Like all living beings, dogs need nutrition to survive and thrive. Most healthy dogs should be capable of meeting their nutritional needs from quality pet food. Ask your vet to recommend a good brand and feeding routine to suit your dog’s breed and needs. But if you are curious to know what nutrients go into making a healthy, happy dog, these are the key components of a wholesome diet.
Water: Being adequately hydrated is essential to your dog’s health. While wet dog food can help your pet meet a proportion of its water needs, dogs need access to fresh water at all times. Keep in mind that an animal eating dry pet food needs more water than one consuming wet food. Dry food contains about 10% moisture whereas wet canned food has up to 78% moisture. Dehydration in dogs is to be taken very seriously as it can result in death.
Protein: Protein is used to build and repair tissue in the body. It is used to make enzymes, hormones and other chemicals. Protein makes up the basic building blocks for bones, muscles, cartilage, skin and blood. So it is an essential part of your dog’s diet. Your dog should ideally be eating animal-based proteins. These come from sources such as chicken, lamb, turkey, beef, fish and egg and contain complete amino acid profiles. Vegetarian protein sources include vegetables, cereals and soy. However, these are considered incomplete proteins.
Fats: Fats contain twice the energy as proteins or carbohydrates and are essential for the absorption of fat-soluble vitamins. It is a necessary part of a balanced diet, and about 10-15 per cent fat for healthy adult dogs is essential. Fats are needed in the structure of cells and are required to make certain hormones. It also provides the body with insulation and helps protect internal organs. A dog with a deficiency of essential fatty acids could suffer from reduced growth or skin problems.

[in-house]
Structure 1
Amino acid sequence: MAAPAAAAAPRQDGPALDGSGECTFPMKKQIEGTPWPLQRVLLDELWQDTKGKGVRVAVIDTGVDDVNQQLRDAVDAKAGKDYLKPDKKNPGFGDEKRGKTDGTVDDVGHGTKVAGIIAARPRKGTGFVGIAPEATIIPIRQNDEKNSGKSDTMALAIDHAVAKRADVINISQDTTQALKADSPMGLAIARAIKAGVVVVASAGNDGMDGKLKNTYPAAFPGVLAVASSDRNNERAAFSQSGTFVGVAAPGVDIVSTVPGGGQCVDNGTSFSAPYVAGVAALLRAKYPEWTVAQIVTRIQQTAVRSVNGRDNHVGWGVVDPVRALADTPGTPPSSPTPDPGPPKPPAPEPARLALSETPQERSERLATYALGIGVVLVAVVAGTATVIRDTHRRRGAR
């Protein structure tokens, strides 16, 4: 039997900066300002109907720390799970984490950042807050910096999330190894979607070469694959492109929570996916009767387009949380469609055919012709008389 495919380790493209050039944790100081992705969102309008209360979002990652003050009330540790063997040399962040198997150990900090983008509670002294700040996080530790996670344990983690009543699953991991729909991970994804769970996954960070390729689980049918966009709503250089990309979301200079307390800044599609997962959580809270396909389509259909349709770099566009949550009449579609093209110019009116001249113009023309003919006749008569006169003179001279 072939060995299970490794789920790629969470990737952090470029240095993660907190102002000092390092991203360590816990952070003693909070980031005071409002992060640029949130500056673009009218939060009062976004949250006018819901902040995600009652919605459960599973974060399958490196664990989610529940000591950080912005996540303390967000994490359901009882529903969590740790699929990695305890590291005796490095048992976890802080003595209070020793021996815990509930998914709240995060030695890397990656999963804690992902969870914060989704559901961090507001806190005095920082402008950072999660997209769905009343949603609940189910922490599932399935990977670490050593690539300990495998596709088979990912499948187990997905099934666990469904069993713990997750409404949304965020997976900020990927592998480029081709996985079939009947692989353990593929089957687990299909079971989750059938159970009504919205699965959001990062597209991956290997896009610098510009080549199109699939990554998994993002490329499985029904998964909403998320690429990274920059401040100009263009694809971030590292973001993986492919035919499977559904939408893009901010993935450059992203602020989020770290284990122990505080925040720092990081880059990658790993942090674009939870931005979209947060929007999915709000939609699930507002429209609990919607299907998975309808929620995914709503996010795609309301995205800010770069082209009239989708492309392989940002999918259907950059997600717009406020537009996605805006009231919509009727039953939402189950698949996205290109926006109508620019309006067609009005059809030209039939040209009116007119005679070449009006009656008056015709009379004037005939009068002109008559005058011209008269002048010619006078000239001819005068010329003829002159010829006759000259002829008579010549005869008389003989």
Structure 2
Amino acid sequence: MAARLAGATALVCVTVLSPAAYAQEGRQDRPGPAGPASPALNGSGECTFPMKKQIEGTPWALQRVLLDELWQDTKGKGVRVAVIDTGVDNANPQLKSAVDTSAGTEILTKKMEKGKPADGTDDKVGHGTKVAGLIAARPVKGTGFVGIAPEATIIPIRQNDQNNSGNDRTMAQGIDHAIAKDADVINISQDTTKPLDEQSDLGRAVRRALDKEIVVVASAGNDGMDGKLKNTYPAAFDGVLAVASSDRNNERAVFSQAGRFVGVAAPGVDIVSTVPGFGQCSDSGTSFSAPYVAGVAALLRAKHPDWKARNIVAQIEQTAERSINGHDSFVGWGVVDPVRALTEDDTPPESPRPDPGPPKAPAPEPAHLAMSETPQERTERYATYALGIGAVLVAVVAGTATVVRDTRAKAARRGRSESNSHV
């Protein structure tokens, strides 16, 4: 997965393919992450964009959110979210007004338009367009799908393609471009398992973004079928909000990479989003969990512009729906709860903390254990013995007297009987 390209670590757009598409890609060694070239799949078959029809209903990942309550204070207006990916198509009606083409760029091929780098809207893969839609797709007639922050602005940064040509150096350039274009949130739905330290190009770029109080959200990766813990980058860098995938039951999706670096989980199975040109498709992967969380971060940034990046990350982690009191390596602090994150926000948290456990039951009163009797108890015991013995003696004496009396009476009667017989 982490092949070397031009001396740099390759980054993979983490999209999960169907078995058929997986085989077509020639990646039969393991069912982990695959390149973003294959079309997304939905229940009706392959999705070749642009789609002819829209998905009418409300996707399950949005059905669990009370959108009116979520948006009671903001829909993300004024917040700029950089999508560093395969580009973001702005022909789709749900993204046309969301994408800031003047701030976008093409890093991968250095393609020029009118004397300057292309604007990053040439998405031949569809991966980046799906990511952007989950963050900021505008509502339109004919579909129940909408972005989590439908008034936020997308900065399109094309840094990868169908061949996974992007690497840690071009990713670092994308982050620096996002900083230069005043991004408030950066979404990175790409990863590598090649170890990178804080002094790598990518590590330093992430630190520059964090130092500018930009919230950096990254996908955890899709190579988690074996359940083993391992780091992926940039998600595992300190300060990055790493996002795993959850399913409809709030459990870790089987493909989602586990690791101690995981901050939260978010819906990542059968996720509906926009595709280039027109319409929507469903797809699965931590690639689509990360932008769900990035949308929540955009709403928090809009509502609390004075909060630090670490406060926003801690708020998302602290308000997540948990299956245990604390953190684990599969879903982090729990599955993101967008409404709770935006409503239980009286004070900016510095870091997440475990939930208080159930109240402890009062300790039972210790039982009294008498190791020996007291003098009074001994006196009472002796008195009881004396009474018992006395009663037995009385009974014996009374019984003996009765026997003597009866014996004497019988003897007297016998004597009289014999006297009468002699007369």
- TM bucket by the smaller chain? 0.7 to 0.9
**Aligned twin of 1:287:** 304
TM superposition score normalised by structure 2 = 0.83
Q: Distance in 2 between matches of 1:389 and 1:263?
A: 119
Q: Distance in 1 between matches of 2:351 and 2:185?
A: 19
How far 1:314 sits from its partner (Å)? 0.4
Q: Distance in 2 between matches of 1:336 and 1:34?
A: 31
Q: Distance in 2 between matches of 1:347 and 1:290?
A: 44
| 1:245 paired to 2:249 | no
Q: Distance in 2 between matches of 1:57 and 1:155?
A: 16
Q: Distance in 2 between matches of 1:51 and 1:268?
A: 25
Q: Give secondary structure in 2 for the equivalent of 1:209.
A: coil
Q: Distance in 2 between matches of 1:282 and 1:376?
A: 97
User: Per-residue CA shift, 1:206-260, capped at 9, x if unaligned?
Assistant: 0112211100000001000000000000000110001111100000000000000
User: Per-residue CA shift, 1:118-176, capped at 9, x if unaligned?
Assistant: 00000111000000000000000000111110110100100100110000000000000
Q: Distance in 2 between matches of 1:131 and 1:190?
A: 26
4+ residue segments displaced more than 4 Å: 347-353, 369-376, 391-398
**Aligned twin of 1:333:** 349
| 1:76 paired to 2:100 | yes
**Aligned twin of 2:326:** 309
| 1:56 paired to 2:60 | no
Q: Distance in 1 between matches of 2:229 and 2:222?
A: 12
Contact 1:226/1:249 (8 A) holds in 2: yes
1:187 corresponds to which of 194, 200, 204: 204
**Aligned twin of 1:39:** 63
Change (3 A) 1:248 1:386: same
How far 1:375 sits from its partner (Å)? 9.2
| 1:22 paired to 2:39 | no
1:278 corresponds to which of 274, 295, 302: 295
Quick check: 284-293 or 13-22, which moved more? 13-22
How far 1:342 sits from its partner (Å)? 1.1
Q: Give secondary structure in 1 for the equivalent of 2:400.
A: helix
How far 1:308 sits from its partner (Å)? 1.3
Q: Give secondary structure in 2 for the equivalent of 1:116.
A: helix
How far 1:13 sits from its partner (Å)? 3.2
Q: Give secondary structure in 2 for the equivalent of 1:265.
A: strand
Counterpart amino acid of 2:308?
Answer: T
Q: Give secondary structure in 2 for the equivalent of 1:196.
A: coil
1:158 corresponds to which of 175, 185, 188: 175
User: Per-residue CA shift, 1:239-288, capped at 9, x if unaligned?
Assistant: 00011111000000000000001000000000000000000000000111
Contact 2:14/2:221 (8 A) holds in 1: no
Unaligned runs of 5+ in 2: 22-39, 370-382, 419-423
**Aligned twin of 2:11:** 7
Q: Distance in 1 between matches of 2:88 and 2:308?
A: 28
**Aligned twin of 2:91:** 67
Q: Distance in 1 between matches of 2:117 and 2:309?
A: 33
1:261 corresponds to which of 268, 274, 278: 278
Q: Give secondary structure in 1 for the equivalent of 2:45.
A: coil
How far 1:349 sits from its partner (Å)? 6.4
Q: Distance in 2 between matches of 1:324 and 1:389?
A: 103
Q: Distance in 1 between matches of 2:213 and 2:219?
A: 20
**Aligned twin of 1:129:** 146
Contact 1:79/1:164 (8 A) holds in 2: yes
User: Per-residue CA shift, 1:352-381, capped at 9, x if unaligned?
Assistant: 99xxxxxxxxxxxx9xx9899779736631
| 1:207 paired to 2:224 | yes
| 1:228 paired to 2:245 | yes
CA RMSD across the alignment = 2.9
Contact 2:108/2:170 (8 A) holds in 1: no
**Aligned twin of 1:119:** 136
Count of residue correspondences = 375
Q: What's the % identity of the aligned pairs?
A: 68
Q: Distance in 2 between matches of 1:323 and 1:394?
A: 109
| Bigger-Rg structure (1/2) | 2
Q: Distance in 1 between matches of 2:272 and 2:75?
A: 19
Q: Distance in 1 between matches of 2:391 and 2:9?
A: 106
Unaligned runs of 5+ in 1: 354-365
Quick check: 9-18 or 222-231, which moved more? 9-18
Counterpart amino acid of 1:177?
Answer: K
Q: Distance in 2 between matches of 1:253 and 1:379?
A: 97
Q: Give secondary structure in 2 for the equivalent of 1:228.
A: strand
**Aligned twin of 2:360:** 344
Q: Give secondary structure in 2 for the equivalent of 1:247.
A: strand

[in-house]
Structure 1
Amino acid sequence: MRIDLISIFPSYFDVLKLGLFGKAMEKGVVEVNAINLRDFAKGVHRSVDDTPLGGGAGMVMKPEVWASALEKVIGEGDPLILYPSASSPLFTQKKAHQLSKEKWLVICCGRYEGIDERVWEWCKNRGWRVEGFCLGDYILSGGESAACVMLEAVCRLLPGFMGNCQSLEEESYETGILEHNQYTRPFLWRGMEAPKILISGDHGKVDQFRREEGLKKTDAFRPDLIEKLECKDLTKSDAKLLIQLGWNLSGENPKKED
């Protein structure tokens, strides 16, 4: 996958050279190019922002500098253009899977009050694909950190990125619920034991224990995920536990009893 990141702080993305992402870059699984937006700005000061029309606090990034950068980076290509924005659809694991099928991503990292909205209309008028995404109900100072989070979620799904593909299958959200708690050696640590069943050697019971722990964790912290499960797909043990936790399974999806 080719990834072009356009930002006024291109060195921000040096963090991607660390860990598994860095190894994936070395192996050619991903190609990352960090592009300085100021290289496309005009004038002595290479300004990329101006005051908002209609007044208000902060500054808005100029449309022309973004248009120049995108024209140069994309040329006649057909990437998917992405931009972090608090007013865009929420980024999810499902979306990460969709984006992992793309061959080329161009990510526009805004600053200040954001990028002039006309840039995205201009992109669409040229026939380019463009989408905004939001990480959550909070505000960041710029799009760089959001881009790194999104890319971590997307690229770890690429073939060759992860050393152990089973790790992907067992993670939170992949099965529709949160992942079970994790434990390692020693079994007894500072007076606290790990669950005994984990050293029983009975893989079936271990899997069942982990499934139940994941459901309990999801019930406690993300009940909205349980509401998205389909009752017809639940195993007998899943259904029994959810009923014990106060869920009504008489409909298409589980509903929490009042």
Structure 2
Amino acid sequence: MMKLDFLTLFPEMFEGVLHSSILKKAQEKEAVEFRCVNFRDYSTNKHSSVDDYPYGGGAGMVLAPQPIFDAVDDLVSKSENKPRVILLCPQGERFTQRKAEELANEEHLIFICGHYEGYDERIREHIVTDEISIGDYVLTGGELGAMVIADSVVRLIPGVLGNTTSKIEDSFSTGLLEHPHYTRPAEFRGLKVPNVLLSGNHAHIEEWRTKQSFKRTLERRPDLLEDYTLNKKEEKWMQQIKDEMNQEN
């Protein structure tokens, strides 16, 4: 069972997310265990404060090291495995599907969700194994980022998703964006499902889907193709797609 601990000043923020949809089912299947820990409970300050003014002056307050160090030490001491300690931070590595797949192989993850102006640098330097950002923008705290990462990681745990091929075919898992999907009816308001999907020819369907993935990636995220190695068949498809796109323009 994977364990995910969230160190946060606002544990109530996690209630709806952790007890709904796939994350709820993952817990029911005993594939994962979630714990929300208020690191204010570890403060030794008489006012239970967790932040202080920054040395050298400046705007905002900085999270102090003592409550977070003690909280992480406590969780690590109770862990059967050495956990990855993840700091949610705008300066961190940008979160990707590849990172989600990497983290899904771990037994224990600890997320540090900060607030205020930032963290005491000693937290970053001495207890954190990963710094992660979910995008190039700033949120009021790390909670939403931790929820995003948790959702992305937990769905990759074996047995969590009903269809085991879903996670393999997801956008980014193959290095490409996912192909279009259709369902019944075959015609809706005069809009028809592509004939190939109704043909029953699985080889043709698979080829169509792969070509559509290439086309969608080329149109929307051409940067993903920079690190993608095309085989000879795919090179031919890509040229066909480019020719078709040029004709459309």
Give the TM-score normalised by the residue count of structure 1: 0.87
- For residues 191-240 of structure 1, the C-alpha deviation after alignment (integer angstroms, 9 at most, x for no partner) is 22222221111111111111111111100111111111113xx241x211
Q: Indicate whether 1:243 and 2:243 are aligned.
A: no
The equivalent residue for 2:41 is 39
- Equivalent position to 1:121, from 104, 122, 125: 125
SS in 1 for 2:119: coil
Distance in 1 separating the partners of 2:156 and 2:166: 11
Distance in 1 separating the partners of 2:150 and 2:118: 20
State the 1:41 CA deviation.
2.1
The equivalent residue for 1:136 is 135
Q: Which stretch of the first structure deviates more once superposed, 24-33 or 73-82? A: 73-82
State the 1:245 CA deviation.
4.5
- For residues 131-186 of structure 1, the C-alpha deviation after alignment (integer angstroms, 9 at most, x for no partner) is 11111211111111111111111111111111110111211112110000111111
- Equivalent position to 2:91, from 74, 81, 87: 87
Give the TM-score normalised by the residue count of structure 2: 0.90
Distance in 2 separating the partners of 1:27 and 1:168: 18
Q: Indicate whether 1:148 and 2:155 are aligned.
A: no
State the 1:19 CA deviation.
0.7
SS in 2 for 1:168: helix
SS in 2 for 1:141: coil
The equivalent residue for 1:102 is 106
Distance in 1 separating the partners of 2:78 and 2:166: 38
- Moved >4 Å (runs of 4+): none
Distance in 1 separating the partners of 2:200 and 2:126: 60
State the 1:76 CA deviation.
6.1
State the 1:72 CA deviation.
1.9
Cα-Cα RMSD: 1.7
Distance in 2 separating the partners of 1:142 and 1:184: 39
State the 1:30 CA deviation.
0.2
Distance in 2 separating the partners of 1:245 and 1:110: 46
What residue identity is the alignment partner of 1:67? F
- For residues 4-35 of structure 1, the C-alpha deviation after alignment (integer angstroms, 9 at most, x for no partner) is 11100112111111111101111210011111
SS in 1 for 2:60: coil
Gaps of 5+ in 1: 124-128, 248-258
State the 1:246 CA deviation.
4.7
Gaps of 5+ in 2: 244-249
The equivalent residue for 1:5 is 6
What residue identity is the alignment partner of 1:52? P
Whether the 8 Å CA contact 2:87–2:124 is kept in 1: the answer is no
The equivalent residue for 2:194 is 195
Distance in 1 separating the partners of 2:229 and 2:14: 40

Carbohydrates: These nutrients generally make up between 30 and 70% of dry dog food. Carbs are necessary to provide your dog with energy, and help with brain and nervous system function. Eating excess carbs, however, can lead to weight gain. Carbohydrates from dog foods mainly come from cereal grains. These include barley, oats, brown rice, whole wheat and whole corn.
Vitamins: Essential for enzyme reactions, a small quantity of vitamins are need for normal metabolic functioning in dogs. Most vitamins cannot be produced by the body and hence it is necessary for dogs to consume them through their diet.
Minerals: Minerals too cannot be synthesized by animals and have to be included in their diets. Minerals are important for bones and teeth, maintaining fluid balance and for metabolic function.
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